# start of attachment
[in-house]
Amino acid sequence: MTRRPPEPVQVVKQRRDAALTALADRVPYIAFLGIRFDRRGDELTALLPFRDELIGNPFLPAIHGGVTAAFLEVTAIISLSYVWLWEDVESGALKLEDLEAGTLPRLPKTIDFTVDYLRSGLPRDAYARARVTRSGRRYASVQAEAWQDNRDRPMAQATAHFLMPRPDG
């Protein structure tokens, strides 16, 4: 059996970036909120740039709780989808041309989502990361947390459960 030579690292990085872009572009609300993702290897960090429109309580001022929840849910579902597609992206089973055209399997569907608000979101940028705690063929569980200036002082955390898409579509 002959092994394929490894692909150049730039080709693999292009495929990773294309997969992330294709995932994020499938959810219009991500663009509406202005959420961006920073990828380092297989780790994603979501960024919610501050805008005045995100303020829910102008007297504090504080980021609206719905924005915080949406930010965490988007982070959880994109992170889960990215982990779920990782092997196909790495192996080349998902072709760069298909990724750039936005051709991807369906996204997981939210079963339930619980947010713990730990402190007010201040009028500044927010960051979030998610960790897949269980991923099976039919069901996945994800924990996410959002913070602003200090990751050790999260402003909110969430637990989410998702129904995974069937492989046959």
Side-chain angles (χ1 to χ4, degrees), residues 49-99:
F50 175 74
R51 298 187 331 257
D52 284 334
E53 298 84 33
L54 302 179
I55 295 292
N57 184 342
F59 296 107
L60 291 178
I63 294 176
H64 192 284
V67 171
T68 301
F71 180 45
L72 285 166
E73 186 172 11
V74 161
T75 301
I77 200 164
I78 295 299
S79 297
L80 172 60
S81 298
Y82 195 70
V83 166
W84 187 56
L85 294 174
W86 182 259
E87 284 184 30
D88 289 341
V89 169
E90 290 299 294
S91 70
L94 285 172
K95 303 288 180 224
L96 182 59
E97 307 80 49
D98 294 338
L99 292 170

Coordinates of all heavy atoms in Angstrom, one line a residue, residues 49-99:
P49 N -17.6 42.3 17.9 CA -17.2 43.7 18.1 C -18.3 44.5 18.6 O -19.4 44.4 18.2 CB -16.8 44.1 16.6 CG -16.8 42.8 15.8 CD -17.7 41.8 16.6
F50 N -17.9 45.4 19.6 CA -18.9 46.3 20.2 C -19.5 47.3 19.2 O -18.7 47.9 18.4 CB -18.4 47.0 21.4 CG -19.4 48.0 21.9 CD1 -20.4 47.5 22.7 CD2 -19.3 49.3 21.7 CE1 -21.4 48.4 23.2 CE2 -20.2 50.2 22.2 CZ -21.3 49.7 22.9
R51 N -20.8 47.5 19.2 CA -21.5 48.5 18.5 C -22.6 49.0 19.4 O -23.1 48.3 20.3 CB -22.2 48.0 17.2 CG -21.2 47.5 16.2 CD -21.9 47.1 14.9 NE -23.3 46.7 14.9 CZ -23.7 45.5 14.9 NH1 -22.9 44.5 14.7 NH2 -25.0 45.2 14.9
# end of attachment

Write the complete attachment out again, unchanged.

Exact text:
[in-house]
Amino acid sequence: MTRRPPEPVQVVKQRRDAALTALADRVPYIAFLGIRFDRRGDELTALLPFRDELIGNPFLPAIHGGVTAAFLEVTAIISLSYVWLWEDVESGALKLEDLEAGTLPRLPKTIDFTVDYLRSGLPRDAYARARVTRSGRRYASVQAEAWQDNRDRPMAQATAHFLMPRPDG
């Protein structure tokens, strides 16, 4: 059996970036909120740039709780989808041309989502990361947390459960 030579690292990085872009572009609300993702290897960090429109309580001022929840849910579902597609992206089973055209399997569907608000979101940028705690063929569980200036002082955390898409579509 002959092994394929490894692909150049730039080709693999292009495929990773294309997969992330294709995932994020499938959810219009991500663009509406202005959420961006920073990828380092297989780790994603979501960024919610501050805008005045995100303020829910102008007297504090504080980021609206719905924005915080949406930010965490988007982070959880994109992170889960990215982990779920990782092997196909790495192996080349998902072709760069298909990724750039936005051709991807369906996204997981939210079963339930619980947010713990730990402190007010201040009028500044927010960051979030998610960790897949269980991923099976039919069901996945994800924990996410959002913070602003200090990751050790999260402003909110969430637990989410998702129904995974069937492989046959």
Side-chain angles (χ1 to χ4, degrees), residues 49-99:
F50 175 74
R51 298 187 331 257
D52 284 334
E53 298 84 33
L54 302 179
I55 295 292
N57 184 342
F59 296 107
L60 291 178
I63 294 176
H64 192 284
V67 171
T68 301
F71 180 45
L72 285 166
E73 186 172 11
V74 161
T75 301
I77 200 164
I78 295 299
S79 297
L80 172 60
S81 298
Y82 195 70
V83 166
W84 187 56
L85 294 174
W86 182 259
E87 284 184 30
D88 289 341
V89 169
E90 290 299 294
S91 70
L94 285 172
K95 303 288 180 224
L96 182 59
E97 307 80 49
D98 294 338
L99 292 170

Coordinates of all heavy atoms in Angstrom, one line a residue, residues 49-99:
P49 N -17.6 42.3 17.9 CA -17.2 43.7 18.1 C -18.3 44.5 18.6 O -19.4 44.4 18.2 CB -16.8 44.1 16.6 CG -16.8 42.8 15.8 CD -17.7 41.8 16.6
F50 N -17.9 45.4 19.6 CA -18.9 46.3 20.2 C -19.5 47.3 19.2 O -18.7 47.9 18.4 CB -18.4 47.0 21.4 CG -19.4 48.0 21.9 CD1 -20.4 47.5 22.7 CD2 -19.3 49.3 21.7 CE1 -21.4 48.4 23.2 CE2 -20.2 50.2 22.2 CZ -21.3 49.7 22.9
R51 N -20.8 47.5 19.2 CA -21.5 48.5 18.5 C -22.6 49.0 19.4 O -23.1 48.3 20.3 CB -22.2 48.0 17.2 CG -21.2 47.5 16.2 CD -21.9 47.1 14.9 NE -23.3 46.7 14.9 CZ -23.7 45.5 14.9 NH1 -22.9 44.5 14.7 NH2 -25.0 45.2 14.9